Ben-Gurion recognized that his dream of a united Labor Party would lead the way towards national and universal redemption. But, how many more steps would he have to take and how many more times would he have to leave Palestine? How much longer would he have to convince his people and direct his energies towards harmonizing disparate groups rather than solidifying and building towards nationhood? Both would have to be accomplished simultaneously.

An agreement had to be reached, Ben-Gurion believed; all the parties had to merge, if the State was to come into existence. This, he felt, was the pioneer’s vision, a united Jewish labor movement.

After a year which seemed as if all the meetings became one, it was 1929. Violent riots and the indifference of the British mandatory regime forced the reality that the labor factions could not be solely economic entities. To work towards the all-encompassing goal, they had to be strengthened, and that could be effected only by amalgamating them and creating a cohesive force that would withstand political, military and economic threats of the present and the future.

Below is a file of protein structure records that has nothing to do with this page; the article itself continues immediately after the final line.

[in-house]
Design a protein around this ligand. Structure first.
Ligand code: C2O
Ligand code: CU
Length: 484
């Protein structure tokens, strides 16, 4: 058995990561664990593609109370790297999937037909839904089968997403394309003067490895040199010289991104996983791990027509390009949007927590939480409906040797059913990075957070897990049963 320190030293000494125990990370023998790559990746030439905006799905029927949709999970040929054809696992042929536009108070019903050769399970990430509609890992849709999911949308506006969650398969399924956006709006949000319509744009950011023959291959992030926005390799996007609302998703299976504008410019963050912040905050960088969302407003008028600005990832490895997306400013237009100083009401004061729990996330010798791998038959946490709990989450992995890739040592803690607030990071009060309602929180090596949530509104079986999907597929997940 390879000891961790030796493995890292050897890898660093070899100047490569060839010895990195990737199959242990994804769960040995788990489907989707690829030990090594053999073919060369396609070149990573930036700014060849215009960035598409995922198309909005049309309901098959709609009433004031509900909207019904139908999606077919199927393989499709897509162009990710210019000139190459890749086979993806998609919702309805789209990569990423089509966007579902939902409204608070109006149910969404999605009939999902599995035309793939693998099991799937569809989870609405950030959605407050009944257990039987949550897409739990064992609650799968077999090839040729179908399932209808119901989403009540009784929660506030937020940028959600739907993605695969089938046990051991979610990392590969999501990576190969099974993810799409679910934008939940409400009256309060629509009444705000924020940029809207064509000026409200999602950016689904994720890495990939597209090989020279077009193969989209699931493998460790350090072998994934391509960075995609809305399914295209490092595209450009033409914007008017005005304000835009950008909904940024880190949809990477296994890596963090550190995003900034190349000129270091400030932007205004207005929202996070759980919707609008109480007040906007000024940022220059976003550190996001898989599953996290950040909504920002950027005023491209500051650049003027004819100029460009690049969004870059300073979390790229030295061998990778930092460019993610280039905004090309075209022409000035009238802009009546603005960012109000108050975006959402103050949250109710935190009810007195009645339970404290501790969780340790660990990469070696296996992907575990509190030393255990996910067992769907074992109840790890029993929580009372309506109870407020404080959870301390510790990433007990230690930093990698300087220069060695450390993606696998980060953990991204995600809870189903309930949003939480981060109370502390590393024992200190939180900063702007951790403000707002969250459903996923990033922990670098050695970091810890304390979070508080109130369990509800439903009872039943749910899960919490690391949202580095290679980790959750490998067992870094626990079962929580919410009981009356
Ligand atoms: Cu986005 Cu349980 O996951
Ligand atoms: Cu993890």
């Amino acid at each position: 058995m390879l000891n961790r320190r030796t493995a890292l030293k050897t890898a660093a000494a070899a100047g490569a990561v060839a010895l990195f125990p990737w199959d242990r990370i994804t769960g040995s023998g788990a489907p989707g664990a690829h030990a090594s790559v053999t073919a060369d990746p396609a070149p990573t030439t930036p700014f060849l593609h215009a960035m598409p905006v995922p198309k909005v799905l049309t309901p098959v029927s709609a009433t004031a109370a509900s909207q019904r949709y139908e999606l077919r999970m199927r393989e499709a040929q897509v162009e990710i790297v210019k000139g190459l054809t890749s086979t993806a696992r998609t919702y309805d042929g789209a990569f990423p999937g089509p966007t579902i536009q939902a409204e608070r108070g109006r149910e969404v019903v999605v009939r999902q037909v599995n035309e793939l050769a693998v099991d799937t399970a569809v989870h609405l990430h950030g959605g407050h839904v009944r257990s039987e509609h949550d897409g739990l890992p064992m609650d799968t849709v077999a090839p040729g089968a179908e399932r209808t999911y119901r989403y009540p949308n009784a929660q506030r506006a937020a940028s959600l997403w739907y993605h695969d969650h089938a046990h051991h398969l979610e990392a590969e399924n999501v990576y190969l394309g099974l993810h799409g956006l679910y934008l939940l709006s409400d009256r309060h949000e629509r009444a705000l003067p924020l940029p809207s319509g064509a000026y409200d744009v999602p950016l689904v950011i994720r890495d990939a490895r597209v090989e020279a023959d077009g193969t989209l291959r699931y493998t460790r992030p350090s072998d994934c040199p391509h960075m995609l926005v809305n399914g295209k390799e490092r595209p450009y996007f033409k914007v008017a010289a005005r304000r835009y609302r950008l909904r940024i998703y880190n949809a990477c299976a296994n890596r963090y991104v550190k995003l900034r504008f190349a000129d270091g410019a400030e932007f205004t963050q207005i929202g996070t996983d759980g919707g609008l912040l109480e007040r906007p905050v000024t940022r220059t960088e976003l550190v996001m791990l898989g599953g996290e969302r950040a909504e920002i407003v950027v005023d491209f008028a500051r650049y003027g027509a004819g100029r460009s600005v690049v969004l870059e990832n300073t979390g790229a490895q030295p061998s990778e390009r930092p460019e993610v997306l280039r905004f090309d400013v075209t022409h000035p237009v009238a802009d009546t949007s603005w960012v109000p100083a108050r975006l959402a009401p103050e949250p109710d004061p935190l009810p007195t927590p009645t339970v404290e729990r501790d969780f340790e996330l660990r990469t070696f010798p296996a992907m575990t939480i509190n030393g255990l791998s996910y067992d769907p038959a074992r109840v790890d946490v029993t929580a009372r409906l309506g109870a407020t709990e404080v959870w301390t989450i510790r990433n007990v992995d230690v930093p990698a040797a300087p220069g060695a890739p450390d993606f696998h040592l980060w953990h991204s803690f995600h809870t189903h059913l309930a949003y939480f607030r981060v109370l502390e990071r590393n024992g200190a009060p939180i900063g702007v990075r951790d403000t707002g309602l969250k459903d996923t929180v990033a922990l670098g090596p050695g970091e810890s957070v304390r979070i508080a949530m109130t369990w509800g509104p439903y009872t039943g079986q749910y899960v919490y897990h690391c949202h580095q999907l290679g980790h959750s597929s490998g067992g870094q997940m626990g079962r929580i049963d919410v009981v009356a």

Before Ben-Gurion, the man and the Secretary General of the Histadrut , retired for the night, he expressed his hope and his purpose in his diary entry: “Histadrut is forcing all the parties… to work for the good of Palestine.”

His words would remind him of his friend and mentor, Beryl Katzenelson, (as referenced in Reflection (3) as well as that of the philosopher of “the sanctity of labor,” A. D. Gordon.

A.D . Gordon was born into a wealthy family in Russia, arriving in Palestine in 1904, at the age of forty-eight. He decided to live by the “ labor of his hands”.  Gordon advocated through essays and articles, his philosophy of love for nature and of dignity which “can only come of the work of one’s hands”. This Gordon believed, was the way to man’s mission and happiness.